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Interview: British Polar Explorer Ben Saunders

Interview: British Polar Explorer Ben Saunders
What do you eat in the South Pole? About to embark on a four-month expedition to the Antarctic, British explorer Ben Saunders tells Chris Anderson what’s on the menu.
Travelling to a different part of the world usually means an exciting opportunity to sample the local cuisine. If you’re headed to somewhere as uninhabited and challenging as the Antarctic, however, then you will only get to eat what you bring with you – and you better make sure you have enough. Just over 100 years ago, in March 1912, Captain Robert Falcon Scott led his men to the South Pole, only for hunger and exhaustion to ensure they never returned.
Scott’s expedition in particular is one that has always fascinated British polar explorer Ben Saunders, who in October plans to follow in his footsteps, allowing himself four months to follow and complete the exact route. “It’s a 1,800-mile round trip, there and back,” Ben reveals. “There will be myself and teammate Tarka L’Herpiniere, an experienced mountaineer, and nobody has ever attempted that kind of distance before. It will actually set the record for the longest unsupported polar journey in history, and the first ever completion of Captain Scott’s route.”
Ben will be facing temperatures that average -25°C, as well as incredible winds. The terrain will consist of high ice caps and heavily crevassed valleys, and the duo will navigate these on skis, wearing harnesses and dragging sledges full of equipment. “It’ll be tough at the start, as we’ll be pulling 200kg each, and about three-quarters of that is food,” says Ben. “It will get lighter the more we eat, and as we’re heading there and back on the same route, we can leave some at different points along the way.”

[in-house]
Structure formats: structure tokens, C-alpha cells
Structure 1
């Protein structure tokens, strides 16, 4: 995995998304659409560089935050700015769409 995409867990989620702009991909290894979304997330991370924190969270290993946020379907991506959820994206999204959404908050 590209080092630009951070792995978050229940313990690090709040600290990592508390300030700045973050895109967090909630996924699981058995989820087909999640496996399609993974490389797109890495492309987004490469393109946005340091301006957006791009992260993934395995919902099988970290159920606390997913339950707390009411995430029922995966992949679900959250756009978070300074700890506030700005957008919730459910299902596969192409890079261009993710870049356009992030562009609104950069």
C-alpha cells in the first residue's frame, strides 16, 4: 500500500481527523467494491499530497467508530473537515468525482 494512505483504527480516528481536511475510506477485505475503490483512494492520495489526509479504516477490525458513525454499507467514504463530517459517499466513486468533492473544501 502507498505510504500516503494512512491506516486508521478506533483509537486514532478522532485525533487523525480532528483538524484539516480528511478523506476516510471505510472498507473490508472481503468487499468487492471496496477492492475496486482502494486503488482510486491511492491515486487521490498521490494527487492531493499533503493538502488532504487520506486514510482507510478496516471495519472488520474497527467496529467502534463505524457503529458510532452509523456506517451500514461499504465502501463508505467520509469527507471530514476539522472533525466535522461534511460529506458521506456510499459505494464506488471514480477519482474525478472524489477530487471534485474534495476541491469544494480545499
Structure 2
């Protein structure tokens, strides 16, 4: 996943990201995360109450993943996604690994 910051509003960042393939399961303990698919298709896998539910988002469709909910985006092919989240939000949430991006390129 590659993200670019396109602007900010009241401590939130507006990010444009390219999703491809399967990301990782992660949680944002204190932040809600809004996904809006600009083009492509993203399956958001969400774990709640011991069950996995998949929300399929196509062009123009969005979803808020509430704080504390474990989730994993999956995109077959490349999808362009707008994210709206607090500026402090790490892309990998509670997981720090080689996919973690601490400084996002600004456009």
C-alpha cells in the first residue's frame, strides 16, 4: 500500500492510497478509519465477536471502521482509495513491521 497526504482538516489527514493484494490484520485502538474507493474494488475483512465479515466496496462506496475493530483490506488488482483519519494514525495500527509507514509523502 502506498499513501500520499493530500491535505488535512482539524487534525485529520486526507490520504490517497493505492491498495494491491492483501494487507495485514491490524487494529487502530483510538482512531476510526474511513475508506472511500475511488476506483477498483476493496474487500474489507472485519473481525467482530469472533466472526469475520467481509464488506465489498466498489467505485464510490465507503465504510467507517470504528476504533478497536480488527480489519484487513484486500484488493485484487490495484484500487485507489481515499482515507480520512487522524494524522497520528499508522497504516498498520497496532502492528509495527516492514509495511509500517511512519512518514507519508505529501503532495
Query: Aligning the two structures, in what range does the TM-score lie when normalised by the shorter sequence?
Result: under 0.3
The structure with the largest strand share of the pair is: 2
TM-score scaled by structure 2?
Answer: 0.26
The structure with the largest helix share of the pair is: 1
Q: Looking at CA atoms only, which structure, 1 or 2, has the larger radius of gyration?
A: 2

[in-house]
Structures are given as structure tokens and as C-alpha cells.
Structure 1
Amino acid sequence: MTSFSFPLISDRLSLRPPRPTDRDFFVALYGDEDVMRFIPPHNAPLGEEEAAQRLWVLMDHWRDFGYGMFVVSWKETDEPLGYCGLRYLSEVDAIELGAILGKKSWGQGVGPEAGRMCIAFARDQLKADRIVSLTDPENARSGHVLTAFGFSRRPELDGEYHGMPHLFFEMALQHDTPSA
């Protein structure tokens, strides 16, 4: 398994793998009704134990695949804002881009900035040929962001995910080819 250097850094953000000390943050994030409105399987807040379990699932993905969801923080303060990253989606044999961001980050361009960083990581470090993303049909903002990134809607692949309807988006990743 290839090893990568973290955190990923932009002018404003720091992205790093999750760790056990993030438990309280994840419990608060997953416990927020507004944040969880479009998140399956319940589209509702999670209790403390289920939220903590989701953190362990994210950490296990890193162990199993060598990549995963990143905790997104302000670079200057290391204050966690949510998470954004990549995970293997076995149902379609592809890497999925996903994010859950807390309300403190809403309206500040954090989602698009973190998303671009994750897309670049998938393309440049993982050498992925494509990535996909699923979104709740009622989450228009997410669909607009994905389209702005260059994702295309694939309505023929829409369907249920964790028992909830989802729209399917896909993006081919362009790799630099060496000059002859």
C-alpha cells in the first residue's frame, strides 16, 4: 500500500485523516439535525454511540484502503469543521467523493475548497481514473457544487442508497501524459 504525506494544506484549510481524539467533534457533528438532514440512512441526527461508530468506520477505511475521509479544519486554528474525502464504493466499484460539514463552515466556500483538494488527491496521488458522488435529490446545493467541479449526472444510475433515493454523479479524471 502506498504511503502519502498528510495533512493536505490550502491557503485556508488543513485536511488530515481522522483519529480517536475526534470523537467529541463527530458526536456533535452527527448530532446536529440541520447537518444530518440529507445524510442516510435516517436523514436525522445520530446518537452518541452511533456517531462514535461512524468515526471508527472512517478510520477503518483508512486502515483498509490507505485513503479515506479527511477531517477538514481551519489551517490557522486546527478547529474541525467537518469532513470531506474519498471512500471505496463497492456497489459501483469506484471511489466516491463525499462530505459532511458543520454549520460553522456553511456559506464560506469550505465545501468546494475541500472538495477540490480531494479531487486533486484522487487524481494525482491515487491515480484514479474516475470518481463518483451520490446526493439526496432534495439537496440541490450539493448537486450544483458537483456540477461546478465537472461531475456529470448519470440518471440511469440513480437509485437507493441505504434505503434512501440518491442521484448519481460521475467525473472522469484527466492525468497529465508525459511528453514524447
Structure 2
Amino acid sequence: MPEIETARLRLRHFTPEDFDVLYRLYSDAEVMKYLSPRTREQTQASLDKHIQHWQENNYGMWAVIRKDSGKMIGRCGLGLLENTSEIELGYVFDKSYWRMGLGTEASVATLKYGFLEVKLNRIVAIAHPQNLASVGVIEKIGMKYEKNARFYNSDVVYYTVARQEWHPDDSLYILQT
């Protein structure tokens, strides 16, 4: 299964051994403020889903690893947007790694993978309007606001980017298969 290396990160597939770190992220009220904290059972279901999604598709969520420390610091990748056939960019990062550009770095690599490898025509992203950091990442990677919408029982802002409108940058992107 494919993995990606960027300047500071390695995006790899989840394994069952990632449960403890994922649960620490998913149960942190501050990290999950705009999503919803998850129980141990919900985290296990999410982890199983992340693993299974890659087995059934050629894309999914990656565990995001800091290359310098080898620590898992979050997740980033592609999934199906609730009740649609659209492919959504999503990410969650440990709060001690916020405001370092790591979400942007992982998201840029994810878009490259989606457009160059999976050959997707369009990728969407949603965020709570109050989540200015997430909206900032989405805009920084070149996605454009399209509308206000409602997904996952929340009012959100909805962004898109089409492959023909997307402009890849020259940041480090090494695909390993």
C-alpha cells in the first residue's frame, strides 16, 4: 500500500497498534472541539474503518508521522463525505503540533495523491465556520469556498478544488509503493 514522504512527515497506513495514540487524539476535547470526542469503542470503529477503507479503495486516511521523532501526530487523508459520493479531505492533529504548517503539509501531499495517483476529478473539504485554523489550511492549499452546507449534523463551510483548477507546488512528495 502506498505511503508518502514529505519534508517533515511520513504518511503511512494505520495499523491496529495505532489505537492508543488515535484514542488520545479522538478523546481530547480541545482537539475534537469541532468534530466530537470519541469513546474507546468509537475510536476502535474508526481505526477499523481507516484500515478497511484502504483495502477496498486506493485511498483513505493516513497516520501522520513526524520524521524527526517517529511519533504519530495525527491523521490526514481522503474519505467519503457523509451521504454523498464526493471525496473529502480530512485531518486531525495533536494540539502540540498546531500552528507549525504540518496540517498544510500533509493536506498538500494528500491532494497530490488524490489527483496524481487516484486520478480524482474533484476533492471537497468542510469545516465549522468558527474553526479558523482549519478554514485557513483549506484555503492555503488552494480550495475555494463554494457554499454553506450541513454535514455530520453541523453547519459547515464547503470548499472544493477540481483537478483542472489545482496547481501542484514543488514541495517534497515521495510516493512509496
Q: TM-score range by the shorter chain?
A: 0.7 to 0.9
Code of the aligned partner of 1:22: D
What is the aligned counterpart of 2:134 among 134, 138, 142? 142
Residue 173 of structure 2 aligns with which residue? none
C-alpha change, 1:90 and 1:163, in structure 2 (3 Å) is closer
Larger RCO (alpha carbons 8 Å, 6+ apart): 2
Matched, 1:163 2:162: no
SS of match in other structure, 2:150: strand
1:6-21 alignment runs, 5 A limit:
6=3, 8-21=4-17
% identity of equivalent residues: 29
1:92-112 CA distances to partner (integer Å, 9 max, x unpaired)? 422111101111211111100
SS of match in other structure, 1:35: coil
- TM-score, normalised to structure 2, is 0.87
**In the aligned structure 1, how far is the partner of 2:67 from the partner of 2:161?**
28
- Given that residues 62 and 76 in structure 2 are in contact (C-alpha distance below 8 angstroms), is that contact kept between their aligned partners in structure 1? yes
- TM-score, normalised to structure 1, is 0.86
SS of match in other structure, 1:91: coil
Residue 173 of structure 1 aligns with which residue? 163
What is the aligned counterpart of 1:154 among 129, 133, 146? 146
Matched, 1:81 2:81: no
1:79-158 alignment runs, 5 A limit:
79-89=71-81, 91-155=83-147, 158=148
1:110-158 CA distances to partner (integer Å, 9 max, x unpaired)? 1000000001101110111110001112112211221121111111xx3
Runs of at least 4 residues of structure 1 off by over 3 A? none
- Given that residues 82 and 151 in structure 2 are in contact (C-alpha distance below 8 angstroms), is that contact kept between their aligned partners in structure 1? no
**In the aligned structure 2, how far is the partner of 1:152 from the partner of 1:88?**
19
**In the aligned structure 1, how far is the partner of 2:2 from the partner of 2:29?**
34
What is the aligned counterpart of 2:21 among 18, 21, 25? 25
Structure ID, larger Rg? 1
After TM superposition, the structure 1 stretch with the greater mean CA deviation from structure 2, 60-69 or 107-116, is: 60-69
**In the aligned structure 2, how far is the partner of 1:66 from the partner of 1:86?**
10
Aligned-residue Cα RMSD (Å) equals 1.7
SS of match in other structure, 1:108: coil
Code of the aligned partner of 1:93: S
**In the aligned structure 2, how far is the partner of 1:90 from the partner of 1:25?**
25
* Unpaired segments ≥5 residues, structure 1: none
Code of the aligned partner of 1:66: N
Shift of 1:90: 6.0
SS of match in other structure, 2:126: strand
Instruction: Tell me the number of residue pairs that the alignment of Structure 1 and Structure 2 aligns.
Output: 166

There is no denying that the trip will require huge
Interview: British Polar Explorer Ben Saunders
amounts of physical exertion, and on a daily basis, with Ben and Tarka training relentlessly in the months beforehand. Food plays an important part here too. “I’m eating a lot because of the training, but I’ve also got to fatten up, as I’ll be losing a lot of weight while I’m there,” Ben tells us. “So I’ll have energy shakes and bars, then cheesecake, donuts and cookies. I’m trying to put on 10kg, and we’ll be losing a kilo a week on the trip.”
Most of the food Ben is taking is custom-made and freeze-dried. What he eats and when will be an important part of his daily routine to ensure he has plenty of energy. “We’ll get up in the morning, light the stove, melt snow and make hot drinks,” he says. “Breakfast is like a hot granola, made with powdered cream, so it’s quite stodgy, and then we’ll have a protein shake and supplements on top of that. We’re basically having 1,000 calories for breakfast.”
The eating then continues throughout the day. “We’ll trek six or seven hours, and every 90 minutes stop for an energy bar and a hot drink,” says Ben. “In the evening we’ll pitch the tent, and the dinner we have is close to normal food. We have six or seven varieties, with things like green curry or beef and ale stew, very high calories but light in weight, and the shelf life is incredible. Tear the top off, add hot water, then a few minutes later eat it from the bag. And there’s no washing up.”
It sounds more advanced that anything Captain Scott took with him, but after four months will Ben not be craving regular food? “I’m sure on a trip this long we’ll have some weird cravings, but on my very first expedition we really misjudged nutrition, and I was desperately hungry,” says Ben, who has also been to the North Pole. “I’d much rather have monotony and not be ravenous than have variety and not have the right amount. It’s like putting fuel in a car.”
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26 September 2013
By: Chris Anderson
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